Study finds the bulk of shoes’ carbon footprint comes from manufacturing processes.
MIT and Albert O. Wilson Jr. (SB 1938) were both honored by the Cambridge YMCA last Wednesday at its 12th annual "Spirit, Body and Mind" tribute luncheon at the Hyatt Regency Hotel.
Mr. Wilson, a guest lecturer at MIT, has been a member of the Salvation Army Advisory Board for 40 years. He is also a trustee and president of Mt. Auburn Hospital, a deacon of the Hancock Church in Lexington and president of the Massachusetts Council of Churches. He has served as a trustee of the Andover Newton Theological School for 45 years.
He majored in business and engineering administration at MIT. He and his brother Donald managed the S.O. Wilson Structural Co. in Cambridge (founded by their father), and they also founded the Wilson Cambridge Realty Trust. He has been a member of Cambridge Rotary for 54 years.
Professor (and President Emeritus) Paul Gray, a longtime friend of Mr. Wilson's, described him as a "superb role model" in his introductory remarks. He noted Mr. Wilson's longtime commitment to MIT and Cambridge, his public service and his spirituality. "Certainly, his friendship has enriched my life," said Professor Gray.
After listening to glowing tributes from speakers including Professor Gray; William N. Whelan, chair of Spaulding & Slye Colliers; and the Rev. Dr. Benjamin Griffin, president of Andover Newton Theological School, Mr. Wilson said, "I know me better than anyone else here. Don't believe everything you hear."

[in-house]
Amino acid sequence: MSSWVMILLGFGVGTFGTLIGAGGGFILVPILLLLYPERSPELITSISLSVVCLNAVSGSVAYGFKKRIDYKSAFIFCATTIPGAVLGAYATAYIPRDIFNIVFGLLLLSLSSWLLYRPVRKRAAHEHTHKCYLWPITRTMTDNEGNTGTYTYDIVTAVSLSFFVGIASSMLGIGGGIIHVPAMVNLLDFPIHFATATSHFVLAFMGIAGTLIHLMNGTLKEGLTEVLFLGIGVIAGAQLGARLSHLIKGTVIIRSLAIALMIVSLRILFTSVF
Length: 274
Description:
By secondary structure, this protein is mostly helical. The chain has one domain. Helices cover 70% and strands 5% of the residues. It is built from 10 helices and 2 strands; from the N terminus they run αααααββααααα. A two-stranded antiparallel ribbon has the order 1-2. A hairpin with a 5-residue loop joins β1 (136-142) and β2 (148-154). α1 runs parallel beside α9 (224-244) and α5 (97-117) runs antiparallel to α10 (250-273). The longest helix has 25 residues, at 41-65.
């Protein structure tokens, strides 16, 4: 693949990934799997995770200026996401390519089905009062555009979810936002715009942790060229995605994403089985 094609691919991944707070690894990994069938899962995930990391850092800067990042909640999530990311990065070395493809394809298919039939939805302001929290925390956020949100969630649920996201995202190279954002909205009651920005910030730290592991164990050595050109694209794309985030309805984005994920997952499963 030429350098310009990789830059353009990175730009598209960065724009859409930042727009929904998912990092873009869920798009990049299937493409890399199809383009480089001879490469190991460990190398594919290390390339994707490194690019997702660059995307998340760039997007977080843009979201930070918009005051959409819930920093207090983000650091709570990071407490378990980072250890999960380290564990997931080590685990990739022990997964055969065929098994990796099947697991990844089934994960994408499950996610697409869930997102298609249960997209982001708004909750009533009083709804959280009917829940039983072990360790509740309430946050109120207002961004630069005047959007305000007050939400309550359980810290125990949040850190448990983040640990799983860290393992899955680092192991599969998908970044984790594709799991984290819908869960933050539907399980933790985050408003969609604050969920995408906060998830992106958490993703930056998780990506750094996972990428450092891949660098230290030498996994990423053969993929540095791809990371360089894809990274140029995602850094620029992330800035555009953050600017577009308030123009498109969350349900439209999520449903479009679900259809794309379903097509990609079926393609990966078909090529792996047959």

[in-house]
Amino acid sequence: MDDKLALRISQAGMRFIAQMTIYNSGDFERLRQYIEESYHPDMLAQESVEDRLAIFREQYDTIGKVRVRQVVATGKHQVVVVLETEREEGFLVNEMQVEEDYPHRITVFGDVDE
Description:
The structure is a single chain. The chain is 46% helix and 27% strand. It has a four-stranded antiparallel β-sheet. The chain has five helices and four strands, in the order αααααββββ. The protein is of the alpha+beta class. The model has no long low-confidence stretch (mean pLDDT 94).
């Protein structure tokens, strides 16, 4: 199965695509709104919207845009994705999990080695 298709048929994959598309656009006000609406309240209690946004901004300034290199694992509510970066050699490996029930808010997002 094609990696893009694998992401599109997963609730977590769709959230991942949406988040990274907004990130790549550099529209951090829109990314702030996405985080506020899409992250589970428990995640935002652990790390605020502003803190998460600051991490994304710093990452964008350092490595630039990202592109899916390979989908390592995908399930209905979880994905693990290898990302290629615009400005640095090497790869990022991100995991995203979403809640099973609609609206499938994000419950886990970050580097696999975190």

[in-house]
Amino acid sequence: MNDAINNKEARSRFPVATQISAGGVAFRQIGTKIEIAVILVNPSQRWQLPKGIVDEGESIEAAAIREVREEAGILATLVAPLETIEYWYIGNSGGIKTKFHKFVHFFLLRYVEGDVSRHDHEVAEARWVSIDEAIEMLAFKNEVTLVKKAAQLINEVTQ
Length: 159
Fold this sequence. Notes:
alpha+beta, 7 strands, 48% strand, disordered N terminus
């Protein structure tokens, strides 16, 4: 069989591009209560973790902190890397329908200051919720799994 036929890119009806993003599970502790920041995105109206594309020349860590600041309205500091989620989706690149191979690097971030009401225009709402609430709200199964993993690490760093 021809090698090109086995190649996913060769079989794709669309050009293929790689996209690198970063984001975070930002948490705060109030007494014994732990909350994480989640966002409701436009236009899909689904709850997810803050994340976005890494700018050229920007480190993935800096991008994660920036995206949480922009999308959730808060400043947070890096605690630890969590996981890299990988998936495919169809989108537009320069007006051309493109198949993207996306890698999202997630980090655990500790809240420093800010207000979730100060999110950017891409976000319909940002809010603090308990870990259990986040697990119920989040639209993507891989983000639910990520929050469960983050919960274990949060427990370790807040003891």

Standing at a podium flanked by banners that said "Caring," "Honesty," "Respect," and "Responsibility," he said, "We can each make someone else's life better... Because of our lives, the world should be better every day."
Bobbie J. D'Alessandro, Cambridge Superintendent of Schools, described MIT as "an outstanding neighbor" which "never says no" to a request from her department. She thanked President Charles M. Vest, Paul Parravano of the Office of Government and Community Relations, Emily Sandberg of the Public Service Center and the numerous MIT students who participate in public school programs. "I'm sure some of our students feel MIT is a part of the Cambridge public school system," she said.
Clare Cotton, president of the Association of Independent Colleges of Massachusetts, noted the significant economic impact MIT has had on the nation, the Commonwealth and the city of Cambridge. "We salute the achievements of MIT's past and await with confidence the wonders of its future," he said.
Executive Vice President John R. Curry, accepting the award to MIT for its "ongoing commitment to the citizens of Cambridge," thanked the YMCA for "allowing people to speak in such glowing terms" about the Institute. He took note of the exceptional relationship between the school and its host city. "There's a feeling of MIT pulsing in this city," said Vice President Curry, who came here a year ago from Caltech. "That feeling is palpable, more so than at any other institution I've been associated with."
A version of this article appeared in MIT Tech Talk on November 17, 1999.